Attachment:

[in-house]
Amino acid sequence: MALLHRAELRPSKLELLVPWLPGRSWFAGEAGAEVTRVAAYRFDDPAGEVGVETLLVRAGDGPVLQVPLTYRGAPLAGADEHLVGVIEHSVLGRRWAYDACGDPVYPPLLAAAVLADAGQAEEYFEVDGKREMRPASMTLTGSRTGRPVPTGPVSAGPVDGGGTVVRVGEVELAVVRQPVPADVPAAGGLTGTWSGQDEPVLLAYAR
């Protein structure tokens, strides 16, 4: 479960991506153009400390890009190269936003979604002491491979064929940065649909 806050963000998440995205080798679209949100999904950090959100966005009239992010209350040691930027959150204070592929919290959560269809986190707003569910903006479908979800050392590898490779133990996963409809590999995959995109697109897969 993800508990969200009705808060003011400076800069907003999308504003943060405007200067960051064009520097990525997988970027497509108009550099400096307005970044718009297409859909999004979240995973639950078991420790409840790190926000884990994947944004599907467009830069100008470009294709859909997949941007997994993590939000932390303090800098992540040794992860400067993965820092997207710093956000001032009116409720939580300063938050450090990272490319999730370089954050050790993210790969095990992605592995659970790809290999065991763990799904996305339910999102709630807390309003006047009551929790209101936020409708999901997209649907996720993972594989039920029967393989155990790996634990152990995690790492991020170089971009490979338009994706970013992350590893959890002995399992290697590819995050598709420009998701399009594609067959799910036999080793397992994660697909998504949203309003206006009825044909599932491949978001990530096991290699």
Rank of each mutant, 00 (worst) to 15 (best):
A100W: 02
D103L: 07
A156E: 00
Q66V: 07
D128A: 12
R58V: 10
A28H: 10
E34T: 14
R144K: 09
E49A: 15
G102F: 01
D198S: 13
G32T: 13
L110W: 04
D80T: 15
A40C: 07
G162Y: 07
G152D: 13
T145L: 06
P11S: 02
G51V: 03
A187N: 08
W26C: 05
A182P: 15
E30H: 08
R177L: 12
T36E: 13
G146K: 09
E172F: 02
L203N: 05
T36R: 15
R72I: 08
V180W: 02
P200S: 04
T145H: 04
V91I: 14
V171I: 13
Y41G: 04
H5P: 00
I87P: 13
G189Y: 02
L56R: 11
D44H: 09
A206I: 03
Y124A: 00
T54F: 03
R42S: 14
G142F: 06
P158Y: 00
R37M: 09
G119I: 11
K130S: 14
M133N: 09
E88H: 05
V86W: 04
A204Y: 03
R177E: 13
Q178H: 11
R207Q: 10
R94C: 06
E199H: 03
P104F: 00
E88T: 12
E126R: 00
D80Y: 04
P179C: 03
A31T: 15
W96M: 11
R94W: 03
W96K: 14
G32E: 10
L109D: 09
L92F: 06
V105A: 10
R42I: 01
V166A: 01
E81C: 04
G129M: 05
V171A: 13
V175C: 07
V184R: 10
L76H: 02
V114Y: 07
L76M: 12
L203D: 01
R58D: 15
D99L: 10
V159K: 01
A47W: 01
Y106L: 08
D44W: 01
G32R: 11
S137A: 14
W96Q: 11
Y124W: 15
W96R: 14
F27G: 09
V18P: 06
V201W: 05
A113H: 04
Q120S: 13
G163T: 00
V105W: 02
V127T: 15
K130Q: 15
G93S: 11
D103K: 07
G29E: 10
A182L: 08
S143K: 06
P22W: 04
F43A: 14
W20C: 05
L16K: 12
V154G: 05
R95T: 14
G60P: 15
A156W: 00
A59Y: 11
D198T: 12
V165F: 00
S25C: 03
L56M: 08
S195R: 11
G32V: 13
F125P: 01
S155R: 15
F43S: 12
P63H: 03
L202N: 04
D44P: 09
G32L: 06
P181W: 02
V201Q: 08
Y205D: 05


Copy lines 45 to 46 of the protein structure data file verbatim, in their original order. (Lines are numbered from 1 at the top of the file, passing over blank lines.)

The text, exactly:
G189Y: 02
L56R: 11